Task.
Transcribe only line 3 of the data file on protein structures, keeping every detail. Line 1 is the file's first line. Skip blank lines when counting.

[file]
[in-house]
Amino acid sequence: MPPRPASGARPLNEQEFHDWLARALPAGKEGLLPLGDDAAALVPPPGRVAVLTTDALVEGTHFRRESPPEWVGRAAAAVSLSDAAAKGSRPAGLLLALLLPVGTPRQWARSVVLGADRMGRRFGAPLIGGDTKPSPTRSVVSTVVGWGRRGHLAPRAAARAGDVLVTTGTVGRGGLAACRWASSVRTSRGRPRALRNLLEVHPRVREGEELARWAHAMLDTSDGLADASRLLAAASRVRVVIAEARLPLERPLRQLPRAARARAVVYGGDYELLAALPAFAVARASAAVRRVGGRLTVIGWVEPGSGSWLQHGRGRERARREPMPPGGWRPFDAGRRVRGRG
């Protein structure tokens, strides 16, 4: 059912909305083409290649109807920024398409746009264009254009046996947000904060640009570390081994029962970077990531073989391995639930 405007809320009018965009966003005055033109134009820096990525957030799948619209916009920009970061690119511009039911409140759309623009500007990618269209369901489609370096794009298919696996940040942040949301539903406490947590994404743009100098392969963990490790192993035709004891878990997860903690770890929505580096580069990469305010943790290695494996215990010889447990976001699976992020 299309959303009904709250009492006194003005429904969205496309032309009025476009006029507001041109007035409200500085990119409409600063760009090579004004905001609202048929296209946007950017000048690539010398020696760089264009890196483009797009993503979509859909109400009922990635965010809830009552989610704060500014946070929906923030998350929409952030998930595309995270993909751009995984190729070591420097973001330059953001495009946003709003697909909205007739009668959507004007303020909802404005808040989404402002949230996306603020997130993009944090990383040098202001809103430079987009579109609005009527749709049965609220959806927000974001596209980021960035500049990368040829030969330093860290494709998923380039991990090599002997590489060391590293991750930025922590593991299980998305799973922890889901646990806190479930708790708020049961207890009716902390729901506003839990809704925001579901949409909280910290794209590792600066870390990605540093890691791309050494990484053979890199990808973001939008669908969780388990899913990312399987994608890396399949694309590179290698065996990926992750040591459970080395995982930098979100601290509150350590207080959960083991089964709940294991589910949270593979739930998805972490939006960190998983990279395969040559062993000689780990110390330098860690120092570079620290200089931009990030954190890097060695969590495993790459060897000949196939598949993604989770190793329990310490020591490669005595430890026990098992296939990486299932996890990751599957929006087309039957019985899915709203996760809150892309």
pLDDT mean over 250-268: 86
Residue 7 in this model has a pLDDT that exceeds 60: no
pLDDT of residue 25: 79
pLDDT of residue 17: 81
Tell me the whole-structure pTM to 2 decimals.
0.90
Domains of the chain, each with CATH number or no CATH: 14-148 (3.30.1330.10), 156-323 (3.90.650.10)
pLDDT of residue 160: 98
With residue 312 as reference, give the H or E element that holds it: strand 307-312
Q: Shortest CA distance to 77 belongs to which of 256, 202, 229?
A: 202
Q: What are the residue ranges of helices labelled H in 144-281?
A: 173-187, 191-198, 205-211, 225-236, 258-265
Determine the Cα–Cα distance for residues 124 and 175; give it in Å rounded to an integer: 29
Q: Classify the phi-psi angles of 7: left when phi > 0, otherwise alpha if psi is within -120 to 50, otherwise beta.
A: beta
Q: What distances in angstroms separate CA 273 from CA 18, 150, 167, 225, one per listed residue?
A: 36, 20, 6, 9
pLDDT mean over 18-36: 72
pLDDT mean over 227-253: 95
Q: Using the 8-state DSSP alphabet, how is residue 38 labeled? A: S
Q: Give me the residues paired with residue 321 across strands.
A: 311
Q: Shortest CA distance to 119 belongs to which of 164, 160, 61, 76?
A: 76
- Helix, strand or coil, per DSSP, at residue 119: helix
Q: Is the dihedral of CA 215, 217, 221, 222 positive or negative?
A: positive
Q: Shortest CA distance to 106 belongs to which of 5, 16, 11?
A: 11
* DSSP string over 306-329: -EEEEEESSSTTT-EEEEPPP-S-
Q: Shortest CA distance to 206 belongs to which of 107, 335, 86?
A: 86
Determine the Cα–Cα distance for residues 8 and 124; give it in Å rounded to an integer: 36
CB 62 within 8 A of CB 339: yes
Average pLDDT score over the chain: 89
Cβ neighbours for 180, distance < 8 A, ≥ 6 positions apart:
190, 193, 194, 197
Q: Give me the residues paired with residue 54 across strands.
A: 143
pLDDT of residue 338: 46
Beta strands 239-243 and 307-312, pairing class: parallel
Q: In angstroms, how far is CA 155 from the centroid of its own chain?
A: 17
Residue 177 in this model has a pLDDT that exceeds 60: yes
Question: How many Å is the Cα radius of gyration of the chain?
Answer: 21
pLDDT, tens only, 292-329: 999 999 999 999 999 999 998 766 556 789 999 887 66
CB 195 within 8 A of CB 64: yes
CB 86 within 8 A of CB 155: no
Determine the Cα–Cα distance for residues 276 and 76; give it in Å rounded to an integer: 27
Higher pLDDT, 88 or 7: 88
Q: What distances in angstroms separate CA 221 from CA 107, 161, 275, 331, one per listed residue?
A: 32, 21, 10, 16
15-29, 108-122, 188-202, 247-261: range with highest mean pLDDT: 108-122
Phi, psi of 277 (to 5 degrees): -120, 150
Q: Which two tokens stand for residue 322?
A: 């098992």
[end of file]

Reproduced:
């Protein structure tokens, strides 16, 4: 059912909305083409290649109807920024398409746009264009254009046996947000904060640009570390081994029962970077990531073989391995639930 405007809320009018965009966003005055033109134009820096990525957030799948619209916009920009970061690119511009039911409140759309623009500007990618269209369901489609370096794009298919696996940040942040949301539903406490947590994404743009100098392969963990490790192993035709004891878990997860903690770890929505580096580069990469305010943790290695494996215990010889447990976001699976992020 299309959303009904709250009492006194003005429904969205496309032309009025476009006029507001041109007035409200500085990119409409600063760009090579004004905001609202048929296209946007950017000048690539010398020696760089264009890196483009797009993503979509859909109400009922990635965010809830009552989610704060500014946070929906923030998350929409952030998930595309995270993909751009995984190729070591420097973001330059953001495009946003709003697909909205007739009668959507004007303020909802404005808040989404402002949230996306603020997130993009944090990383040098202001809103430079987009579109609005009527749709049965609220959806927000974001596209980021960035500049990368040829030969330093860290494709998923380039991990090599002997590489060391590293991750930025922590593991299980998305799973922890889901646990806190479930708790708020049961207890009716902390729901506003839990809704925001579901949409909280910290794209590792600066870390990605540093890691791309050494990484053979890199990808973001939008669908969780388990899913990312399987994608890396399949694309590179290698065996990926992750040591459970080395995982930098979100601290509150350590207080959960083991089964709940294991589910949270593979739930998805972490939006960190998983990279395969040559062993000689780990110390330098860690120092570079620290200089931009990030954190890097060695969590495993790459060897000949196939598949993604989770190793329990310490020591490669005595430890026990098992296939990486299932996890990751599957929006087309039957019985899915709203996760809150892309």